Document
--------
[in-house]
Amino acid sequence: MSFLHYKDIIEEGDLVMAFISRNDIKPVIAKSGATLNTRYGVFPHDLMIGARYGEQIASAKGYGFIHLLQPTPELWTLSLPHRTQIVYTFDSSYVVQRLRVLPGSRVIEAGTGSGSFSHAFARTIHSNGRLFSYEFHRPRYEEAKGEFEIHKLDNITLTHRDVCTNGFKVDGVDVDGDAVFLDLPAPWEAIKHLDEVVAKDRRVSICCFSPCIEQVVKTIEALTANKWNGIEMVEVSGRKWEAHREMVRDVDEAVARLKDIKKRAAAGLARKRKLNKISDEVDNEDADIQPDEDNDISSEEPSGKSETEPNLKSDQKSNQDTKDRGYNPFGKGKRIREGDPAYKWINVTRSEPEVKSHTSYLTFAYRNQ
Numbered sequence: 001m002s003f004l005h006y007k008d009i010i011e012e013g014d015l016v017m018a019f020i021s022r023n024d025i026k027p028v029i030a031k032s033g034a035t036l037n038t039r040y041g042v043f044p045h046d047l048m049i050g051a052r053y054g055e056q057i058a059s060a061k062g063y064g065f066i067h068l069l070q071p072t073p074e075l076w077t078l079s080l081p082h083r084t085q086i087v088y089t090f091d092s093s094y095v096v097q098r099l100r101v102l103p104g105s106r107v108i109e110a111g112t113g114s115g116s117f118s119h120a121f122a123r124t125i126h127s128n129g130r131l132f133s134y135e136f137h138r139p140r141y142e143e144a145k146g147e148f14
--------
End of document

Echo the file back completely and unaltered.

[in-house]
Amino acid sequence: MSFLHYKDIIEEGDLVMAFISRNDIKPVIAKSGATLNTRYGVFPHDLMIGARYGEQIASAKGYGFIHLLQPTPELWTLSLPHRTQIVYTFDSSYVVQRLRVLPGSRVIEAGTGSGSFSHAFARTIHSNGRLFSYEFHRPRYEEAKGEFEIHKLDNITLTHRDVCTNGFKVDGVDVDGDAVFLDLPAPWEAIKHLDEVVAKDRRVSICCFSPCIEQVVKTIEALTANKWNGIEMVEVSGRKWEAHREMVRDVDEAVARLKDIKKRAAAGLARKRKLNKISDEVDNEDADIQPDEDNDISSEEPSGKSETEPNLKSDQKSNQDTKDRGYNPFGKGKRIREGDPAYKWINVTRSEPEVKSHTSYLTFAYRNQ
Numbered sequence: 001m002s003f004l005h006y007k008d009i010i011e012e013g014d015l016v017m018a019f020i021s022r023n024d025i026k027p028v029i030a031k032s033g034a035t036l037n038t039r040y041g042v043f044p045h046d047l048m049i050g051a052r053y054g055e056q057i058a059s060a061k062g063y064g065f066i067h068l069l070q071p072t073p074e075l076w077t078l079s080l081p082h083r084t085q086i087v088y089t090f091d092s093s094y095v096v097q098r099l100r101v102l103p104g105s106r107v108i109e110a111g112t113g114s115g116s117f118s119h120a121f122a123r124t125i126h127s128n129g130r131l132f133s134y135e136f137h138r139p140r141y142e143e144a145k146g147e148f14